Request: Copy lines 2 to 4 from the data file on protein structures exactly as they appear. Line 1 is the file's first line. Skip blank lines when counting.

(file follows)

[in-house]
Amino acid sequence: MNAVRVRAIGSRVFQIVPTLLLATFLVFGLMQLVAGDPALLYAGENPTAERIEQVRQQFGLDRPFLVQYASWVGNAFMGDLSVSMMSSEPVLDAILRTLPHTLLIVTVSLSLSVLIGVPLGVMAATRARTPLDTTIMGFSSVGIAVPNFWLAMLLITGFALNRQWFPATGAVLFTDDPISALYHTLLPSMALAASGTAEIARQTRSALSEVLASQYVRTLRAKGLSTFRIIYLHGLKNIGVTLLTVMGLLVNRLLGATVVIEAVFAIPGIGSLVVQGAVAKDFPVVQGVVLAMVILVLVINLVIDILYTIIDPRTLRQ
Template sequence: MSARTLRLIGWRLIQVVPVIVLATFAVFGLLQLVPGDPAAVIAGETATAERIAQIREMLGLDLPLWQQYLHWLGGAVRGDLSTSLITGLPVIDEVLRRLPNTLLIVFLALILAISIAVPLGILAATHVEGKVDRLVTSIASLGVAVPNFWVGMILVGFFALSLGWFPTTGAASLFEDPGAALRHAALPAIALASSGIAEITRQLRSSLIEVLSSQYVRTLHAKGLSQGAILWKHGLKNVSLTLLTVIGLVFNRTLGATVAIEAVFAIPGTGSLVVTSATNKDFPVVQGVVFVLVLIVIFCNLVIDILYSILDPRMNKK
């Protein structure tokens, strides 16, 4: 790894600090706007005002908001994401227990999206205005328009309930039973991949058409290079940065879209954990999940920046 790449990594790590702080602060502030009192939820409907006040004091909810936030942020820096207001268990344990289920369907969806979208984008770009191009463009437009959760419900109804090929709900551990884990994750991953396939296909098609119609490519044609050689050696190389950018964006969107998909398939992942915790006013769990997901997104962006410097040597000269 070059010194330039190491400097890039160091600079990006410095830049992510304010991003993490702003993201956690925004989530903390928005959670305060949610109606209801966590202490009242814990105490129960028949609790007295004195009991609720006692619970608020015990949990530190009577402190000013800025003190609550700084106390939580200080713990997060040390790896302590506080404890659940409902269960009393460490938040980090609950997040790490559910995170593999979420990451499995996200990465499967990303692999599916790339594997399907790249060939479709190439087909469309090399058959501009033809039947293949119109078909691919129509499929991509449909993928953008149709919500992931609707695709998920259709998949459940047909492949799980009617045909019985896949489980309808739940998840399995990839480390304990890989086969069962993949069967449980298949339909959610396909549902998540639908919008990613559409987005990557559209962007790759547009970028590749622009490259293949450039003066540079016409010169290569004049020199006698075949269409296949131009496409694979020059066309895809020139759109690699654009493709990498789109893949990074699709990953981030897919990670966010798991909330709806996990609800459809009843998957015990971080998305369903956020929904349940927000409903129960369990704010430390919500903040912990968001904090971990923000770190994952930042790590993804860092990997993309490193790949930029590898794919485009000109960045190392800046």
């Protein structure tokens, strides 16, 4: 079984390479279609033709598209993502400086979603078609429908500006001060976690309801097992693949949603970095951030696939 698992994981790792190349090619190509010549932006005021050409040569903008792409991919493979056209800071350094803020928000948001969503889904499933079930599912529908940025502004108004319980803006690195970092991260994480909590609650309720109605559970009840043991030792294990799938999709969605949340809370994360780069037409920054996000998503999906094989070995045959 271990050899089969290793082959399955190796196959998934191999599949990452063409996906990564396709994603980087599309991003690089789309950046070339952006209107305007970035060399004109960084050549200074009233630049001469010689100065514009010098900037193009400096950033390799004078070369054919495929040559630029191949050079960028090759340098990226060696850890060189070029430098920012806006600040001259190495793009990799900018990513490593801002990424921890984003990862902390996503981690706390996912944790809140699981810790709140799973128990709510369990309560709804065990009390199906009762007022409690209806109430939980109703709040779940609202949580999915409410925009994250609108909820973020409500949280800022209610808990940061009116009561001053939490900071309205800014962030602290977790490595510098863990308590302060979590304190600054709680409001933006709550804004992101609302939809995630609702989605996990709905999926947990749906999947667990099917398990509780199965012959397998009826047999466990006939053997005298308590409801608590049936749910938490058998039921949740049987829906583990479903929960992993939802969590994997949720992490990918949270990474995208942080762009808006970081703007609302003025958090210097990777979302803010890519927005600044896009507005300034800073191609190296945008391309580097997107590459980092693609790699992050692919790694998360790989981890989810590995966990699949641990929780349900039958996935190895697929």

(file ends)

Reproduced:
Amino acid sequence: MNAVRVRAIGSRVFQIVPTLLLATFLVFGLMQLVAGDPALLYAGENPTAERIEQVRQQFGLDRPFLVQYASWVGNAFMGDLSVSMMSSEPVLDAILRTLPHTLLIVTVSLSLSVLIGVPLGVMAATRARTPLDTTIMGFSSVGIAVPNFWLAMLLITGFALNRQWFPATGAVLFTDDPISALYHTLLPSMALAASGTAEIARQTRSALSEVLASQYVRTLRAKGLSTFRIIYLHGLKNIGVTLLTVMGLLVNRLLGATVVIEAVFAIPGIGSLVVQGAVAKDFPVVQGVVLAMVILVLVINLVIDILYTIIDPRTLRQ
Template sequence: MSARTLRLIGWRLIQVVPVIVLATFAVFGLLQLVPGDPAAVIAGETATAERIAQIREMLGLDLPLWQQYLHWLGGAVRGDLSTSLITGLPVIDEVLRRLPNTLLIVFLALILAISIAVPLGILAATHVEGKVDRLVTSIASLGVAVPNFWVGMILVGFFALSLGWFPTTGAASLFEDPGAALRHAALPAIALASSGIAEITRQLRSSLIEVLSSQYVRTLHAKGLSQGAILWKHGLKNVSLTLLTVIGLVFNRTLGATVAIEAVFAIPGTGSLVVTSATNKDFPVVQGVVFVLVLIVIFCNLVIDILYSILDPRMNKK
């Protein structure tokens, strides 16, 4: 790894600090706007005002908001994401227990999206205005328009309930039973991949058409290079940065879209954990999940920046 790449990594790590702080602060502030009192939820409907006040004091909810936030942020820096207001268990344990289920369907969806979208984008770009191009463009437009959760419900109804090929709900551990884990994750991953396939296909098609119609490519044609050689050696190389950018964006969107998909398939992942915790006013769990997901997104962006410097040597000269 070059010194330039190491400097890039160091600079990006410095830049992510304010991003993490702003993201956690925004989530903390928005959670305060949610109606209801966590202490009242814990105490129960028949609790007295004195009991609720006692619970608020015990949990530190009577402190000013800025003190609550700084106390939580200080713990997060040390790896302590506080404890659940409902269960009393460490938040980090609950997040790490559910995170593999979420990451499995996200990465499967990303692999599916790339594997399907790249060939479709190439087909469309090399058959501009033809039947293949119109078909691919129509499929991509449909993928953008149709919500992931609707695709998920259709998949459940047909492949799980009617045909019985896949489980309808739940998840399995990839480390304990890989086969069962993949069967449980298949339909959610396909549902998540639908919008990613559409987005990557559209962007790759547009970028590749622009490259293949450039003066540079016409010169290569004049020199006698075949269409296949131009496409694979020059066309895809020139759109690699654009493709990498789109893949990074699709990953981030897919990670966010798991909330709806996990609800459809009843998957015990971080998305369903956020929904349940927000409903129960369990704010430390919500903040912990968001904090971990923000770190994952930042790590993804860092990997993309490193790949930029590898794919485009000109960045190392800046």